I had intended to stay at home, being under the weather and all, but when the sun threatened to break through, and I was fed up with my knees seizing up every time I stood up because I’d been sitting still for too long, the Mercian kept on telling me it wanted to go to the sea front. We armed ourselves with a small batch of yesterday’s Welsh cakes to drop off at Aunty Phyllis’s and off we went.
Phyllis appreciated the Welsh cakes, but I declined the offered cup of tea, not wishing to give her my cold, and then it was down Lifstan Way, not quite reaching 30 mph, and on to the cycle path. The promenade was fairly crowded with both pedestrians and cyclists, and I adopted a leisurely Sunday afternoon speed, but even so I found myself catching up with other cyclists who, when they realised I was there, invited me to overtake. I wound my way round Gunners Park, hoping to catch a glimpse of the swallow which was allegedly there a couple of days ago, but it had gone and taken summer with it.
The wind turbines were clearly visible from East Beach, white fingers against a leaden sky, but this time I avoided Wakering Stairs, making straight for the Co-op where a bottle of white was selected to accompany this evening’s lamb. Not the ideal combination, but my younger daughter won’t drink red.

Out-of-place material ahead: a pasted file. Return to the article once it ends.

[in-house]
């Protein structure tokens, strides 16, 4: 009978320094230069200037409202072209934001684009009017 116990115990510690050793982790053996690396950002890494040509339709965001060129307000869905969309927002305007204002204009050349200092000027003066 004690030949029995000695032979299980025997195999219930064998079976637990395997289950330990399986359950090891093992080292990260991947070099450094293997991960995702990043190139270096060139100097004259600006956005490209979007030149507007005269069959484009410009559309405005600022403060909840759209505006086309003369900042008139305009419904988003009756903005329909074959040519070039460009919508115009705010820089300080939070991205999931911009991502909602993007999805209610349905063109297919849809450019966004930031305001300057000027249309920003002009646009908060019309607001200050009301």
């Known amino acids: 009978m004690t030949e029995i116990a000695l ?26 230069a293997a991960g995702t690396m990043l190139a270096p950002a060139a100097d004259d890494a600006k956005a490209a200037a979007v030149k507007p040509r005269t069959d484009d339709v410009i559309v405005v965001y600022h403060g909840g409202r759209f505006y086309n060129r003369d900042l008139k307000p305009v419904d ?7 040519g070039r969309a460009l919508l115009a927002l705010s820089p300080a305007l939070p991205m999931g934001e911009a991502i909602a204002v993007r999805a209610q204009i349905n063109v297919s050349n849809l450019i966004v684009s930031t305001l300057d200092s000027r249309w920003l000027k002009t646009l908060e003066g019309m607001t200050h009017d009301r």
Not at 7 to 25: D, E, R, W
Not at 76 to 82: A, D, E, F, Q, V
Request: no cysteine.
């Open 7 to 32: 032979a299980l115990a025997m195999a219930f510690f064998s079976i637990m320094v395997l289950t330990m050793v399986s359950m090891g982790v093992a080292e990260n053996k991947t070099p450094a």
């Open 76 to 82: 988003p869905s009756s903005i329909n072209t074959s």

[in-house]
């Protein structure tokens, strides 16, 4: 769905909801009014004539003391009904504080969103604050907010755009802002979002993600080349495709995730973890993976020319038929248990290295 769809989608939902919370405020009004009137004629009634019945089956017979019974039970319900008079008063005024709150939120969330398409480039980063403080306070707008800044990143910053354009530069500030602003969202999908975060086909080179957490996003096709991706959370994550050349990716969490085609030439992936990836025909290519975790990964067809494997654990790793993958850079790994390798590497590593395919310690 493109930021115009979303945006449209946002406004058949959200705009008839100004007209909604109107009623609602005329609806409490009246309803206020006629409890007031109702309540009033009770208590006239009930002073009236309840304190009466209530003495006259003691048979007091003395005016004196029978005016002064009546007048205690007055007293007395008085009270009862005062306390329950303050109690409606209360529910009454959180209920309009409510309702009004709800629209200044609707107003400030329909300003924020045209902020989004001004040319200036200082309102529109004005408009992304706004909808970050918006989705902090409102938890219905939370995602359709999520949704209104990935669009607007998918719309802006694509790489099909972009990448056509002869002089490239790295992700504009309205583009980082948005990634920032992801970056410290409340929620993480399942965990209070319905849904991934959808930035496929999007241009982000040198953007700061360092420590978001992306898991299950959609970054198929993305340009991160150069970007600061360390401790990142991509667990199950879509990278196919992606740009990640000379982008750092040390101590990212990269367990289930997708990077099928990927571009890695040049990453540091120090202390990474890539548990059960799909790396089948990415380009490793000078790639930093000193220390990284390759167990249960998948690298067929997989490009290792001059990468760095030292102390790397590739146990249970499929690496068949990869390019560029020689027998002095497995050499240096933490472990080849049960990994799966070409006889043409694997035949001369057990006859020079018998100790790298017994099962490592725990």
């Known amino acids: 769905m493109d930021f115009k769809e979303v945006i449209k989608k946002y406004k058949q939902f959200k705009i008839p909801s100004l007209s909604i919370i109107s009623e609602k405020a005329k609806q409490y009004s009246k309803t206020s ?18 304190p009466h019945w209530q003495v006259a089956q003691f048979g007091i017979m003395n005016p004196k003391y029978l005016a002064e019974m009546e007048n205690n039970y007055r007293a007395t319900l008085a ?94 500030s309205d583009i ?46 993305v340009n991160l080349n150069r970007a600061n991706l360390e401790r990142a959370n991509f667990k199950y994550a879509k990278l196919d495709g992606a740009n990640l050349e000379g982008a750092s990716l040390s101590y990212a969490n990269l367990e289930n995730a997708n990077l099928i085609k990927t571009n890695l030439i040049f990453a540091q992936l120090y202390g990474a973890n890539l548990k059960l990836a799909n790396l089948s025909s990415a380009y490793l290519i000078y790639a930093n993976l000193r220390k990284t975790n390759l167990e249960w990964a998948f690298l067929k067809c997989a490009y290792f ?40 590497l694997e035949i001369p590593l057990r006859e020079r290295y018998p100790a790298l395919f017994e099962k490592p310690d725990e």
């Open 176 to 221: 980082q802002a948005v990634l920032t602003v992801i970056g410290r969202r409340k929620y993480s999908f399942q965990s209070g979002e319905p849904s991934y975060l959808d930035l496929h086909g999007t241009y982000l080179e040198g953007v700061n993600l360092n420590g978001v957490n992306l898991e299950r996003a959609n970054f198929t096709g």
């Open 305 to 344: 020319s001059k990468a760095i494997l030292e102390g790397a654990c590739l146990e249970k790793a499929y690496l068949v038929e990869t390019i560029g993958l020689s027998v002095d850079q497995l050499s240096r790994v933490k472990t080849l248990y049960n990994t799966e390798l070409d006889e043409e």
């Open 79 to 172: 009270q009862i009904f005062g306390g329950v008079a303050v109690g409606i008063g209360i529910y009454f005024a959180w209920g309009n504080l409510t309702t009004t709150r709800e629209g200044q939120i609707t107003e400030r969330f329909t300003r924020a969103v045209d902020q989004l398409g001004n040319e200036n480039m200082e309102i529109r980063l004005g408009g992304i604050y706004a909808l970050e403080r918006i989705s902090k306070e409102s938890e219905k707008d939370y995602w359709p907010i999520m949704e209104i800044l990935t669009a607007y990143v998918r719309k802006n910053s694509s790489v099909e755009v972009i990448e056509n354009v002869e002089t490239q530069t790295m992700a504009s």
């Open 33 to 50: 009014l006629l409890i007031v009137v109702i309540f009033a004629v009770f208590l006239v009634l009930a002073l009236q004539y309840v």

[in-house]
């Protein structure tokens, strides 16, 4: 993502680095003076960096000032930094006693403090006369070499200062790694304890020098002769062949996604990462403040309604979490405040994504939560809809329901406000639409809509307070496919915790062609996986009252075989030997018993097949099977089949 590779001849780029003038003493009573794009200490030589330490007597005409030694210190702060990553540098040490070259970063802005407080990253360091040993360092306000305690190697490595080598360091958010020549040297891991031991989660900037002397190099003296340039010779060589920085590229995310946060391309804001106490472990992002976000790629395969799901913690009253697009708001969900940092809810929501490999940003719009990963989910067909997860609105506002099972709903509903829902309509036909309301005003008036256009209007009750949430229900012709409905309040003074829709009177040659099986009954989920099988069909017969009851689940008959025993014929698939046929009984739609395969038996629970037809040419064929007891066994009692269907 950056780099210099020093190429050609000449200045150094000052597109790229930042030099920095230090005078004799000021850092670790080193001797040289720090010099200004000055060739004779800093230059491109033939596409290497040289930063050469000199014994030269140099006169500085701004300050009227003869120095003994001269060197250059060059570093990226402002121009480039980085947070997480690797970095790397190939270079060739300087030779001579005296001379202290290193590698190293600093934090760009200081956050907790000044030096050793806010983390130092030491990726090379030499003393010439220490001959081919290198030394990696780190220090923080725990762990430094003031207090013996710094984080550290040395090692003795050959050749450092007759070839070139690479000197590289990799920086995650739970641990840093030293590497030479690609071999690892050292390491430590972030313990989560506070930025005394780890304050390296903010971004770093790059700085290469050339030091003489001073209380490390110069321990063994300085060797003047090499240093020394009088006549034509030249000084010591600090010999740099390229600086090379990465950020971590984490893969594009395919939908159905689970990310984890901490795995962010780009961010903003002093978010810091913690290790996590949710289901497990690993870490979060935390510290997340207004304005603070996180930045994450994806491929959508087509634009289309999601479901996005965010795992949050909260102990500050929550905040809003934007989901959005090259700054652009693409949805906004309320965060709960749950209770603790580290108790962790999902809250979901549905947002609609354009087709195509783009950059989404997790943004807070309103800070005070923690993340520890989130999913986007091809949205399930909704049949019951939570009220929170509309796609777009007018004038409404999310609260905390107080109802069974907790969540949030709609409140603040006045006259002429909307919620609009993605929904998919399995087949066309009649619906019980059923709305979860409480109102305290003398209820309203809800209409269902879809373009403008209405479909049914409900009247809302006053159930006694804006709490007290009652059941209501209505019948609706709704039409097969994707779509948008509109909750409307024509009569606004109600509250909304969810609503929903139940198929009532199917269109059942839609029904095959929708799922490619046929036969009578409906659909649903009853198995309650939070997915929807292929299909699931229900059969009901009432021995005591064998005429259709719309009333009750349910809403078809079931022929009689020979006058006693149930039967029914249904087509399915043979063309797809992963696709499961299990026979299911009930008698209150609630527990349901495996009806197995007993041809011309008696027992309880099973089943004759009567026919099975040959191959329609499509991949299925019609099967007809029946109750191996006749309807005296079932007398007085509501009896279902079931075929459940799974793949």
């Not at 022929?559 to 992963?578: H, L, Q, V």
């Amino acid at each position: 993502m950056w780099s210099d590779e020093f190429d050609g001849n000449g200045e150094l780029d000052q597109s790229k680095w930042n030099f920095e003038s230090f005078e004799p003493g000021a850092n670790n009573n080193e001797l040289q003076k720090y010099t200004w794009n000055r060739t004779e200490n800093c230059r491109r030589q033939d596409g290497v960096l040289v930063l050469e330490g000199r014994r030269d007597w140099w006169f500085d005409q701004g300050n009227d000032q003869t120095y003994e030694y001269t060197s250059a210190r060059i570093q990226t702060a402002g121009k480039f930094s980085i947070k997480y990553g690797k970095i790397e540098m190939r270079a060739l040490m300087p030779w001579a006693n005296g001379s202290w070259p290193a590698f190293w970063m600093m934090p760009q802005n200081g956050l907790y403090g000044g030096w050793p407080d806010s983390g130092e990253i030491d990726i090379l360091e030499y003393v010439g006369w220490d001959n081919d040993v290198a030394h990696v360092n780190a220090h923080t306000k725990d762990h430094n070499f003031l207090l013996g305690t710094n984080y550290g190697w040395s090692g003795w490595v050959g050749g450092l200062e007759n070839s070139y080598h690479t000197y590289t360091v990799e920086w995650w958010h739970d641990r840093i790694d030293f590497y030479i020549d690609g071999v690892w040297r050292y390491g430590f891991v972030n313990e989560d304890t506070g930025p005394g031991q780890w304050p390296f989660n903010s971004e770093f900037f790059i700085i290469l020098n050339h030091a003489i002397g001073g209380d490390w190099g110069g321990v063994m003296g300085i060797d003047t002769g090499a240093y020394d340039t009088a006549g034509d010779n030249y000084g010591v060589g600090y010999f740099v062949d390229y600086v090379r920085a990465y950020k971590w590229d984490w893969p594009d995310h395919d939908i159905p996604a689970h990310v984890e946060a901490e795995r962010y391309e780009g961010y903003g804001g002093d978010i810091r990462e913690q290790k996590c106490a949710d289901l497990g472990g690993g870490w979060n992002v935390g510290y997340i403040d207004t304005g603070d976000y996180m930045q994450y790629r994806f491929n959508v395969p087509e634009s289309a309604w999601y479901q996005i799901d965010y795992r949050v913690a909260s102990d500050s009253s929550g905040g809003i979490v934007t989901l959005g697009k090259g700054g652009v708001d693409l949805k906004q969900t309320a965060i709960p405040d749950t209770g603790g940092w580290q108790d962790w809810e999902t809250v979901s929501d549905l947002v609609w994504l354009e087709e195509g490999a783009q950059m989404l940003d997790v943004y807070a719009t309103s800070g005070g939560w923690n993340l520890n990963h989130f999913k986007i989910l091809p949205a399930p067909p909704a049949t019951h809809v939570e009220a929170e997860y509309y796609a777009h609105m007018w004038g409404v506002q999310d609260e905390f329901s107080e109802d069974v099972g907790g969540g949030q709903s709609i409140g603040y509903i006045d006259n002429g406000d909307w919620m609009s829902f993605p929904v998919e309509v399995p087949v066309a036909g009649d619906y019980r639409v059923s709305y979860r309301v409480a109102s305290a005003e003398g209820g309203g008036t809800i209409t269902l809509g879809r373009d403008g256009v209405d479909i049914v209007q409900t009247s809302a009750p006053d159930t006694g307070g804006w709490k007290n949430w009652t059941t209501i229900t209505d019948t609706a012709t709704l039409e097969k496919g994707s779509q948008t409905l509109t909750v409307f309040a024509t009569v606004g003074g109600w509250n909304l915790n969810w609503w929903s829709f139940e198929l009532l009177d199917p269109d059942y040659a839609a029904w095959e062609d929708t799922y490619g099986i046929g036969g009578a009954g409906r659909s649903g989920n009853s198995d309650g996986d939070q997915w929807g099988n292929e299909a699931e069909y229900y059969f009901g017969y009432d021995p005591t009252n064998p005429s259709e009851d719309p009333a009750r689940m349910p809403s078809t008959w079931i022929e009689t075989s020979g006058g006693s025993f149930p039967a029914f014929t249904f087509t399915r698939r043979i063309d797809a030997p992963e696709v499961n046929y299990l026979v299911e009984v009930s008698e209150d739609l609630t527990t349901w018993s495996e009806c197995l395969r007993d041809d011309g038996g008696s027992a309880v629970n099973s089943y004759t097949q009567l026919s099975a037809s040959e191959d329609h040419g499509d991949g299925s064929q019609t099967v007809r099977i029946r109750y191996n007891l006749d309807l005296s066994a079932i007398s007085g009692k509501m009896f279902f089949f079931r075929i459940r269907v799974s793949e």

I had scarcely left the Co-op when a cyclist, looking very serious on his Scott road bike and sporting his Discovery Channel top, went past far too close for comfort and, having established a gap of about 30 yards, seemed to slow down. I’ve read many a report about “I wound up a roadie last night” or some such, and I had the feeling that his burst of speed to get past me was for mere bravado, so I pushed the pedals a little harder.
My friend did not get away. Indeed, I gained the impression that his physique was such that the lycra was bulging in the wrong places for a true athete, and for the next two or three miles I kept comfortably a few seconds behind him, despite being weighed down by my saddle bag of purchases in the form of wine, grapes, bananas and a toothbrush, and each time he looked over his shoulder, there I was.
As we reached Mucking Hall Road and the headwind, so he gradually dropped me, but I had another trick which I thought amusing: I would take the bridleway, which, although inevitably slower than the road, was about a mile shorter. My plan was to come out ahead of him, let him overtake me again, and then follow him back to Southend.
The plan was about half-way towards its execution when two dog-walkers came in view. I slowed down and then spotted that one of the pooches was a red setter.
“Snap!”, said I, and then it dawned on me that the dog was none other than Freddie, whom I had met only the previous morning whilst walking Morphy in the park. Freddie’s owner and I chatted for a while and then we parted company. When I reached the road, my Discovery Channel man was long gone but I timed my homecoming to perfection, just as Jan was pouring the boiling water on the teabags.